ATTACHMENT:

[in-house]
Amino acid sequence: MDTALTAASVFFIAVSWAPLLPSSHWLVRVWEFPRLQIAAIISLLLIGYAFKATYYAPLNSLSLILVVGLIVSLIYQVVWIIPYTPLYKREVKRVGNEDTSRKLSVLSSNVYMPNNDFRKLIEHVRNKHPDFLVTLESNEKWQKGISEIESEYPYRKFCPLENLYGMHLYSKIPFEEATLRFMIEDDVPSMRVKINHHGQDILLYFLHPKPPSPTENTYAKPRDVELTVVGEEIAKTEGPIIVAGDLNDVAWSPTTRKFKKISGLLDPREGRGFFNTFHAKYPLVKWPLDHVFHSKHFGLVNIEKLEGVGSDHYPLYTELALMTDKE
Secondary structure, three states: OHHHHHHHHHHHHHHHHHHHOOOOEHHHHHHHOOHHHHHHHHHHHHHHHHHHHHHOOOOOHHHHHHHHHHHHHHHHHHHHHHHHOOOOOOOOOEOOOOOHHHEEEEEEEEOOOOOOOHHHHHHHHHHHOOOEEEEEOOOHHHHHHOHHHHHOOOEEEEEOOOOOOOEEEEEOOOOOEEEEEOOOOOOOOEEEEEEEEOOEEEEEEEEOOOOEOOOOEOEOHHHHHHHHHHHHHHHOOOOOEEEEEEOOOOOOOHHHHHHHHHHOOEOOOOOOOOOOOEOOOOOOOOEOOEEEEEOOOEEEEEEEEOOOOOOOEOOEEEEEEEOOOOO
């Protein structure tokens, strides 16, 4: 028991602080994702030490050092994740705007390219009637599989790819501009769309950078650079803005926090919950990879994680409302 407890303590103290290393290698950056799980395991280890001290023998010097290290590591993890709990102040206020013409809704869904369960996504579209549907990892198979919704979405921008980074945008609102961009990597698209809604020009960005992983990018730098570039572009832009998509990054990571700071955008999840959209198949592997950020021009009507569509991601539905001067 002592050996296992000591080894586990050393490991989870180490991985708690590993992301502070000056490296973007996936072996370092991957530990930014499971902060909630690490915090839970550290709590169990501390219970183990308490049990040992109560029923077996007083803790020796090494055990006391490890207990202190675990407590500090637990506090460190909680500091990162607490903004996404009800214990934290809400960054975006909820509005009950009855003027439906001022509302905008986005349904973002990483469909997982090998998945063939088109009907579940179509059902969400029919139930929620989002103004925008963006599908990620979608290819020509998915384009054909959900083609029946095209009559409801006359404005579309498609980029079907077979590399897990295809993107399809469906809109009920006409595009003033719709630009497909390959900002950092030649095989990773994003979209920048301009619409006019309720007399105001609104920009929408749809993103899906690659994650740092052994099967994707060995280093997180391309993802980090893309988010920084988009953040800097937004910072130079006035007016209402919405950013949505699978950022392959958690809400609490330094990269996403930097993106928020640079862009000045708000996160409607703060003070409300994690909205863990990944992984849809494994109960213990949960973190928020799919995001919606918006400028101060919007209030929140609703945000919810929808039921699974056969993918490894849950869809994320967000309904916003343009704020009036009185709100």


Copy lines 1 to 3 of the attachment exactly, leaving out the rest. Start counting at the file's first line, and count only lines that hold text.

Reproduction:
[in-house]
Amino acid sequence: MDTALTAASVFFIAVSWAPLLPSSHWLVRVWEFPRLQIAAIISLLLIGYAFKATYYAPLNSLSLILVVGLIVSLIYQVVWIIPYTPLYKREVKRVGNEDTSRKLSVLSSNVYMPNNDFRKLIEHVRNKHPDFLVTLESNEKWQKGISEIESEYPYRKFCPLENLYGMHLYSKIPFEEATLRFMIEDDVPSMRVKINHHGQDILLYFLHPKPPSPTENTYAKPRDVELTVVGEEIAKTEGPIIVAGDLNDVAWSPTTRKFKKISGLLDPREGRGFFNTFHAKYPLVKWPLDHVFHSKHFGLVNIEKLEGVGSDHYPLYTELALMTDKE
Secondary structure, three states: OHHHHHHHHHHHHHHHHHHHOOOOEHHHHHHHOOHHHHHHHHHHHHHHHHHHHHHOOOOOHHHHHHHHHHHHHHHHHHHHHHHHOOOOOOOOOEOOOOOHHHEEEEEEEEOOOOOOOHHHHHHHHHHHOOOEEEEEOOOHHHHHHOHHHHHOOOEEEEEOOOOOOOEEEEEOOOOOEEEEEOOOOOOOOEEEEEEEEOOEEEEEEEEOOOOEOOOOEOEOHHHHHHHHHHHHHHHOOOOOEEEEEEOOOOOOOHHHHHHHHHHOOEOOOOOOOOOOOEOOOOOOOOEOOEEEEEOOOEEEEEEEEOOOOOOOEOOEEEEEEEOOOOO